Volunteer Dave Wait chats with a woman in a car.Had your fill of health clubs?

Try philanthropy.

Turns out volunteering and giving of your time is every bit as good for you as it is for those you are helping.

The awesome feeling of doing good has far-reaching effects, according to a recent study on the benefits of volunteerism. The study followed 10,317 high school students from their graduation in 1957 until the present. Those who volunteer were found to live healthier for longer than those who don’t.

Researchers pointed to the altruistic, feel-good chemicals released in the body as one reason for the results, but they also suggested that there’s beneficial physical activity involved with volunteerism that helps keep the body moving.

Just ask the people who do it.

Cindi Walker wears a Fitbit when she volunteers several days a week stocking Spectrum Health Butterworth Hospital and Spectrum Health Helen DeVos Children’s Hospital gift shops.

The Sallie Bender Guild volunteer logs as many as 10,000 steps a day with jaunts between the stock room and the show rooms.

But the physical exercise isn’t the only benefit, according to Walker. Volunteering helps emotional well-being, too, by bolstering feelings of purpose and satisfaction.

Cindi Walker organizes a group of toys.“I feel like I’m making a difference here,” Walker said. “I love being busy.”

According to another study by Carnegie Mellon University, volunteering can help lower blood pressure and lengthen your lifespan.

The Carnegie Mellon research found that 200 hours of volunteer work per year could lower blood pressure by 40 percent. Other studies have derived health benefits from as little as 100 hours of volunteer work a year.

Volunteering can help people feel more socially connected and help alleviate depression, especially in older adults.

Kim Francis, Spectrum Health’s volunteer services manager, said it’s a win-win for the organization’s more than 2,200 volunteers.

“Most of our roles at the hospitals include quite a bit of walking so our volunteers sure get many, if not all, of their health-prescribed steps in while they are here,” Francis said. “And giving of yourself as a volunteer surely can provide you with a feeling of purpose, fulfillment and happiness because you know you have made a true difference in the lives of others.”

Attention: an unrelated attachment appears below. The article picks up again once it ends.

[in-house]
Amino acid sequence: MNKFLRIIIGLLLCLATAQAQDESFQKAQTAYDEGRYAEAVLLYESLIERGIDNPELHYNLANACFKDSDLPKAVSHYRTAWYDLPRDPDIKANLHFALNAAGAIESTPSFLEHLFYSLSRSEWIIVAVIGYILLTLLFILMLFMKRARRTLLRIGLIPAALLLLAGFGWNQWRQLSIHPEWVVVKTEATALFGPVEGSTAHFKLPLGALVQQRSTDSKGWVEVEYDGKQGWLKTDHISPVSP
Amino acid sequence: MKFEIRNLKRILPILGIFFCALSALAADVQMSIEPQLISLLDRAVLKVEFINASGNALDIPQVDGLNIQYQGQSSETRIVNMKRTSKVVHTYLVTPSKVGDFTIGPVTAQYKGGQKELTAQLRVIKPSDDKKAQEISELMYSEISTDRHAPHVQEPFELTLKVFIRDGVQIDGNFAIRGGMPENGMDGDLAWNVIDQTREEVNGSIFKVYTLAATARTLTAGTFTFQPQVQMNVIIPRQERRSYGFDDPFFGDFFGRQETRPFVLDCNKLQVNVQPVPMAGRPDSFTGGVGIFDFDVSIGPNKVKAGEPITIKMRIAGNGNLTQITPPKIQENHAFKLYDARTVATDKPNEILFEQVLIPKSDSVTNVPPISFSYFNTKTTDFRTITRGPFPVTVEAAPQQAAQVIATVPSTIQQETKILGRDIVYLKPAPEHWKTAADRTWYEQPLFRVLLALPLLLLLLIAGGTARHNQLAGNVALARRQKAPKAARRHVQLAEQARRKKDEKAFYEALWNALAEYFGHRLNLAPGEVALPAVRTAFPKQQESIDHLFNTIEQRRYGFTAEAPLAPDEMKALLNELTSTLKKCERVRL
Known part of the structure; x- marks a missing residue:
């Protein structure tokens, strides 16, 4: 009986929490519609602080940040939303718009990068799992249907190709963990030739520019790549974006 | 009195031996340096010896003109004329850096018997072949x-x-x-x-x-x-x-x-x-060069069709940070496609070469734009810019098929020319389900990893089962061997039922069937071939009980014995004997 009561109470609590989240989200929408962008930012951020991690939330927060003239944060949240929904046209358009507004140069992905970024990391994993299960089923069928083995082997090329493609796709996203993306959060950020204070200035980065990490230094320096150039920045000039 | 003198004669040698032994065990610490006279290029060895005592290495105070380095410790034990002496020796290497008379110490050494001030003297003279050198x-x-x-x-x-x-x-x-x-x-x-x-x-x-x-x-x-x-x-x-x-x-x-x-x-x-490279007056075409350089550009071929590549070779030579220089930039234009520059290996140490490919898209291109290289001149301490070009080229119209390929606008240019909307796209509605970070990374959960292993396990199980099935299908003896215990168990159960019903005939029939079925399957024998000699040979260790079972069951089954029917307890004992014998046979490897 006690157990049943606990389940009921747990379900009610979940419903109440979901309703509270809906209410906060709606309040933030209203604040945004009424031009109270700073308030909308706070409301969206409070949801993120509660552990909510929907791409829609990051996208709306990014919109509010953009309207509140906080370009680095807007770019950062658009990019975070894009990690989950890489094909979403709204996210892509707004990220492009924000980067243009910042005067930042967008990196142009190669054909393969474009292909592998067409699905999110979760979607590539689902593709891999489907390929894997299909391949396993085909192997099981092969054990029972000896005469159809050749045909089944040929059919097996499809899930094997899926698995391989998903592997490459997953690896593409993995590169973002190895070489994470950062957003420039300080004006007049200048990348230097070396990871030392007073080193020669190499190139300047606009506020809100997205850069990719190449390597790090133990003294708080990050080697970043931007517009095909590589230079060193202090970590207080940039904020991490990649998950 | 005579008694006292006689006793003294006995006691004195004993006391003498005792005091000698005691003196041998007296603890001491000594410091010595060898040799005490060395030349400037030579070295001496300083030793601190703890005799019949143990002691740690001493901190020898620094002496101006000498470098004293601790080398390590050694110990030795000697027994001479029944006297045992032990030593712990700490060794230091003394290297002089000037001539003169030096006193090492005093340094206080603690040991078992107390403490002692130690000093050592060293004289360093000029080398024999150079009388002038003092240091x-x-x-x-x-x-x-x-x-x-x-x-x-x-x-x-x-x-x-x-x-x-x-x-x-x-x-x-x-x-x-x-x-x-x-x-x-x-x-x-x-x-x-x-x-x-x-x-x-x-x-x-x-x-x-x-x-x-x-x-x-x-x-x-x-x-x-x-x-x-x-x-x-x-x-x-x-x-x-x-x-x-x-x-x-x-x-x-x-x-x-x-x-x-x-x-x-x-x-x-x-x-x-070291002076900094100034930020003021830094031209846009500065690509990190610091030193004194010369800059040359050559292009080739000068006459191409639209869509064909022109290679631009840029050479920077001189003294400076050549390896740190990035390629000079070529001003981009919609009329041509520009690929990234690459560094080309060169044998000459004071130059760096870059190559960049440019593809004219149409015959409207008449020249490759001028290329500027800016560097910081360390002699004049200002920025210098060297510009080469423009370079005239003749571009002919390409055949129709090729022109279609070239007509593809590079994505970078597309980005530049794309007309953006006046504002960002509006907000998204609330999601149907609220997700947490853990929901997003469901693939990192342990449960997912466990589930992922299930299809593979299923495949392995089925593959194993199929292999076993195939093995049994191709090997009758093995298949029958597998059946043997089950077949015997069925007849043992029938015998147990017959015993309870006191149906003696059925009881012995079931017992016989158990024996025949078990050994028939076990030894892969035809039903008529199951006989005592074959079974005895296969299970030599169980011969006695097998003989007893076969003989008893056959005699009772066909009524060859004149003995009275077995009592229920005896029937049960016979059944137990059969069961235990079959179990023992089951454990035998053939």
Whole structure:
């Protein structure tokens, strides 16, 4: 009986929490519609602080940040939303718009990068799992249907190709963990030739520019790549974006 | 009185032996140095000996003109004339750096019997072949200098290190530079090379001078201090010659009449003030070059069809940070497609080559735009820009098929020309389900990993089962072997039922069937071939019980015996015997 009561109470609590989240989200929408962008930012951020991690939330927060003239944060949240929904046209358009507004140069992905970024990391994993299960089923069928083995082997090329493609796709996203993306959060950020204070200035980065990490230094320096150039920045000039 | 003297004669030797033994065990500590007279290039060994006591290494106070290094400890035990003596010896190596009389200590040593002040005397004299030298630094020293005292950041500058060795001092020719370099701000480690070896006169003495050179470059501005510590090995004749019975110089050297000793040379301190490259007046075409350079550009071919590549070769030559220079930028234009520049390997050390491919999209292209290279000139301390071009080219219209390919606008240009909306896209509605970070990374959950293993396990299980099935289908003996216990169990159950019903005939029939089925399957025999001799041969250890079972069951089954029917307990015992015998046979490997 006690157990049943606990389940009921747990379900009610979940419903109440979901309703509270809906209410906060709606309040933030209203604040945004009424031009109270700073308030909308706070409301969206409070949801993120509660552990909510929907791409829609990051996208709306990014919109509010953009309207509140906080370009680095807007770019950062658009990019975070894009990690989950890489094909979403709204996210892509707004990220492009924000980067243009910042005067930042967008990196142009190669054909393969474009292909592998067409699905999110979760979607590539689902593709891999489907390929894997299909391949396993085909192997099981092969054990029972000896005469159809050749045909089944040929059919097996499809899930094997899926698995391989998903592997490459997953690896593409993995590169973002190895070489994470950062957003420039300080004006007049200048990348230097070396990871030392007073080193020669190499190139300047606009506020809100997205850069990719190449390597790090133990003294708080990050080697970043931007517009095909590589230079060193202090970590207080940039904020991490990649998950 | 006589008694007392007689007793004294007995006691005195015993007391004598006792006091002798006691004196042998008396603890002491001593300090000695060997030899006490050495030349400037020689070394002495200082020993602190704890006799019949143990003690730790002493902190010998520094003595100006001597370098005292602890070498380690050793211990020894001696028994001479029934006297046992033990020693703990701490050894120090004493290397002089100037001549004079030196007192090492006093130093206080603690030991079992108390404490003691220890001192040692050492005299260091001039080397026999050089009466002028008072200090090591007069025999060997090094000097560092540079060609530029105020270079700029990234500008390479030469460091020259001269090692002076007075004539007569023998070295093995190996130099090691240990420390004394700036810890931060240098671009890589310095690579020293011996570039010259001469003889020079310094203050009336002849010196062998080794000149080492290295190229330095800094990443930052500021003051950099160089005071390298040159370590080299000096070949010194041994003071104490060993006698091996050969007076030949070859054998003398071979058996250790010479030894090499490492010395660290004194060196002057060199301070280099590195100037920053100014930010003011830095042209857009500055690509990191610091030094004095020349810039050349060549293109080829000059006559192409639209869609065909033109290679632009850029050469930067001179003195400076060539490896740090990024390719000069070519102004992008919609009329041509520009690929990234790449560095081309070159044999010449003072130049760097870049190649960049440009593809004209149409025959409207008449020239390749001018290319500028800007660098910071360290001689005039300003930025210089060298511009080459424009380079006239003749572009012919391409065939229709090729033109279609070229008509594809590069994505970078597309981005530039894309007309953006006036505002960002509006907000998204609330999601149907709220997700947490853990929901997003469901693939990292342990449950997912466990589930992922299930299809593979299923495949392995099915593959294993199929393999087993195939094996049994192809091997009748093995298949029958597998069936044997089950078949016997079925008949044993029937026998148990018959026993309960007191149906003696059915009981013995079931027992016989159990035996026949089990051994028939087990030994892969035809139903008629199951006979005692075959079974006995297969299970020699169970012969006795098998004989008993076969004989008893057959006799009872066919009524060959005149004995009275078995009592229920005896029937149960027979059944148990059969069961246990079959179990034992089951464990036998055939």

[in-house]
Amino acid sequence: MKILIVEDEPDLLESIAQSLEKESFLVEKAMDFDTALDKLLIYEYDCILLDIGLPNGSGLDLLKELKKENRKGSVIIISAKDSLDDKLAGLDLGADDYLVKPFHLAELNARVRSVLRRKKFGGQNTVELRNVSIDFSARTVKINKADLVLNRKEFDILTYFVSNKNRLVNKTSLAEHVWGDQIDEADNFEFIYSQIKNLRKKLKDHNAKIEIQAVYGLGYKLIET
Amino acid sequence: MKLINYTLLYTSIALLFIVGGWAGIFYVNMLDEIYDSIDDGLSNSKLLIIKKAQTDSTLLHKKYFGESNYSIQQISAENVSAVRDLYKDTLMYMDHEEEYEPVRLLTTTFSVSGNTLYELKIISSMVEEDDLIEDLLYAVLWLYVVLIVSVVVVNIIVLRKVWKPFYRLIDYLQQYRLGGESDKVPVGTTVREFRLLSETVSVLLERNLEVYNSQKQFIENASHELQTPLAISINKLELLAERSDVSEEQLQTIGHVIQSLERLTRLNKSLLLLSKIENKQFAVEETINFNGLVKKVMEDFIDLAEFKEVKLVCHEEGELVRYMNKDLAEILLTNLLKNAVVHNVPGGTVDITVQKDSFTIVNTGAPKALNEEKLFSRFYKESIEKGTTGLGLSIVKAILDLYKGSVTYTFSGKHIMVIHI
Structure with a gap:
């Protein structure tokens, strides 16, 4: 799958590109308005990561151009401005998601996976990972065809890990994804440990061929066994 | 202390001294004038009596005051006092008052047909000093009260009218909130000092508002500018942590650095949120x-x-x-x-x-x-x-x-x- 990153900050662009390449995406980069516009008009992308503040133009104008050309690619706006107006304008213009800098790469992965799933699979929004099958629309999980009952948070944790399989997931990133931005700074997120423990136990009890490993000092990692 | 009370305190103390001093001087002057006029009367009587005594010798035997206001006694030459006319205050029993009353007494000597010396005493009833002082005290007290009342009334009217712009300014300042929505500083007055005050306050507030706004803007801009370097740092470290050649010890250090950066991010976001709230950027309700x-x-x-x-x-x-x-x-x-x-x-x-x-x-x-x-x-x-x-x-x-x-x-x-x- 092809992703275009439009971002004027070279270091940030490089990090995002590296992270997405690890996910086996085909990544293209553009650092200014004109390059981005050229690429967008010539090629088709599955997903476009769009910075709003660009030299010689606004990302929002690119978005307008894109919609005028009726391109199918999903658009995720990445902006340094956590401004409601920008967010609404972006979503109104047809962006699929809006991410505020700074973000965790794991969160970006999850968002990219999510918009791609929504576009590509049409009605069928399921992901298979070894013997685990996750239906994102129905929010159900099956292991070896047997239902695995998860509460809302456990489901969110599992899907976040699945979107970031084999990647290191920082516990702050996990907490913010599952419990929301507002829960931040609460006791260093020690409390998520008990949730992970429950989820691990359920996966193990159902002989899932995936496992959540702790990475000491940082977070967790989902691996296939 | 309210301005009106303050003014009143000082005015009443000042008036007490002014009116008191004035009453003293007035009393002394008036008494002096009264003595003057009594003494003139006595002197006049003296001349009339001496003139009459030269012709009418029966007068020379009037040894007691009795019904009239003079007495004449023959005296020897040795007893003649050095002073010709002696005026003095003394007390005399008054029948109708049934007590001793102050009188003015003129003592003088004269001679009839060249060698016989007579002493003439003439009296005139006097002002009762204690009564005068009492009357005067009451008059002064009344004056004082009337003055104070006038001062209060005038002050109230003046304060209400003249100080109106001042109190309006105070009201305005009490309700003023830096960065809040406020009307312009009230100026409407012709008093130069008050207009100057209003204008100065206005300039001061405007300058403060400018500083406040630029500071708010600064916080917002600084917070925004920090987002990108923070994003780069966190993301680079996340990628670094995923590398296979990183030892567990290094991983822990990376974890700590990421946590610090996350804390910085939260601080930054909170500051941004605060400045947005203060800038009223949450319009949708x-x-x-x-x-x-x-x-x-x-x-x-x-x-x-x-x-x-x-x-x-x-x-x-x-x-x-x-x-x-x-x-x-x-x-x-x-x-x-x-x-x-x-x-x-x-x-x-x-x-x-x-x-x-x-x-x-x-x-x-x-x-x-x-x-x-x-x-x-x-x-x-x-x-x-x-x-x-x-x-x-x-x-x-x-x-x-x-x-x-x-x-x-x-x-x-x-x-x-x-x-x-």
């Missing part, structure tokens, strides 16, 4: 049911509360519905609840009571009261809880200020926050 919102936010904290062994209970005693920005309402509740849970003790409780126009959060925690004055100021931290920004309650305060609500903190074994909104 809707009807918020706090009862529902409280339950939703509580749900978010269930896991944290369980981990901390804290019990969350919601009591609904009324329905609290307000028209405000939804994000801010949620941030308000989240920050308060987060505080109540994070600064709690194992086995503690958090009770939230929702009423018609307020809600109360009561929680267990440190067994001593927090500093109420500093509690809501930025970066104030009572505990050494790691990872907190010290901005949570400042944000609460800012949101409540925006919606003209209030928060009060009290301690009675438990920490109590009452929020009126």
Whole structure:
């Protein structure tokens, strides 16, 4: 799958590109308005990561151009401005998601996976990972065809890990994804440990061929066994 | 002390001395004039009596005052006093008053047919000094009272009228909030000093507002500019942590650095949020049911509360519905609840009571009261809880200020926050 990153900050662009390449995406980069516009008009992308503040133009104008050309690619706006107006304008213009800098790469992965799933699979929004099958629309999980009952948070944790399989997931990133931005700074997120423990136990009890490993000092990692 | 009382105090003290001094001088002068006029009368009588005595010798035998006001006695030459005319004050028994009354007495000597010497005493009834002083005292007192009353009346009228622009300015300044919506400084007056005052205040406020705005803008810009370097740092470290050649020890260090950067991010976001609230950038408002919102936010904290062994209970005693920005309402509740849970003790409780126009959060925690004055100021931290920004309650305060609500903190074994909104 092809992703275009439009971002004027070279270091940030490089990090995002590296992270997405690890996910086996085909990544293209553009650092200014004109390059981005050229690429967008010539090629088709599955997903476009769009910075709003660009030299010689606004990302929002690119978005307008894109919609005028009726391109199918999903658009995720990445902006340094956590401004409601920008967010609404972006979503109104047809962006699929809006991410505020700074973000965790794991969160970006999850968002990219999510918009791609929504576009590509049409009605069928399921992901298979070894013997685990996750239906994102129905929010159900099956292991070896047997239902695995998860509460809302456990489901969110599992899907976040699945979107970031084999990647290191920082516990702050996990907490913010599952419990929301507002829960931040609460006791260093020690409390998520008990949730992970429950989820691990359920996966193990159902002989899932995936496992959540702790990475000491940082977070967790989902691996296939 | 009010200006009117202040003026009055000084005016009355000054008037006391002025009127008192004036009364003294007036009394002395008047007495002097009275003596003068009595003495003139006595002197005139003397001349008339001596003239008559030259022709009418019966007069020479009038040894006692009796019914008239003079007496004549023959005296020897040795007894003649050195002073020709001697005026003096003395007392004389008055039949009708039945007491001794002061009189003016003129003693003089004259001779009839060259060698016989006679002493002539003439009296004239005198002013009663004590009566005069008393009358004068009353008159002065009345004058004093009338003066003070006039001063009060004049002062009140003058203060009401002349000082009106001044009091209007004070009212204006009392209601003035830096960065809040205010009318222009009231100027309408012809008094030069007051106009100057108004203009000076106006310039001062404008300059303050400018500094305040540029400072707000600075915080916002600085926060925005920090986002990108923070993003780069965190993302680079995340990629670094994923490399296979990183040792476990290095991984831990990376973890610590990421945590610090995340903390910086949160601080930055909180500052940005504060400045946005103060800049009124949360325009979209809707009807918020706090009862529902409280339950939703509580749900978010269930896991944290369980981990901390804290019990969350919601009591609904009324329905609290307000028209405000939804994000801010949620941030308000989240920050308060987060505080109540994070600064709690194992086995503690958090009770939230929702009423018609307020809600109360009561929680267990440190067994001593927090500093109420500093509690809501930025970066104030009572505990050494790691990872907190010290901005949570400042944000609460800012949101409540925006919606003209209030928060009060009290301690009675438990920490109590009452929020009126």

Pearl Tapp soothes a baby while working as a Spectrum Health volunteer in the NICU at Spectrum Health Helen DeVos Children's Hospital.Pearl Tap, who turns 80 in June, knows she’s more physically fit because of her volunteer work at the Helen DeVos Children’s Hospital Neonatal Intensive Care unit.

Tap constantly strolls the hallways in the unit, listening for the sound of a baby crying. She doesn’t know how many steps she takes each day, but “it’s a lot.”

Probably a marathon’s worth by the time you multiply her 30 years of volunteering in various Spectrum Health arenas–including helping with patient transport and delivering mail.

“I’ve stayed healthy,” Tap said. “I love to help people. It’s meaningful and fulfilling.”

Wayfinding volunteers Jackie Zagers, 81, and Dave Wait, 73, help people find their way around the downtown Spectrum campus. They estimate they walk several miles each day they volunteer.

Zagers, who was widowed 20 years ago, said she loves the social aspect as well as the exercise.

“You either sit home or you get up and get going,” Zagers said.

Jackie Zagers poses for a photo at a Spectrum Health Welcome Center.Wait said volunteering is good for both emotional and physical well-being.

“It makes me feel good that I’m doing something important and the side bonus is it gives me exercise and keeps me moving,” Wait said. “It’s from one end of the hospital to the other, which I do regularly. It adds up.”

Wait formerly volunteered at a blood bank. He said his Spectrum role is much more aerobic.

“As you retire, it’s pretty easy just to turn on the TV,” the 72-year-old said. “You need something else in your life and volunteering kind of motivates you that way. Here, I don’t sit at all. I keep walking around and seeing what I can do. The endorphins get going and it keeps you in a good mood.”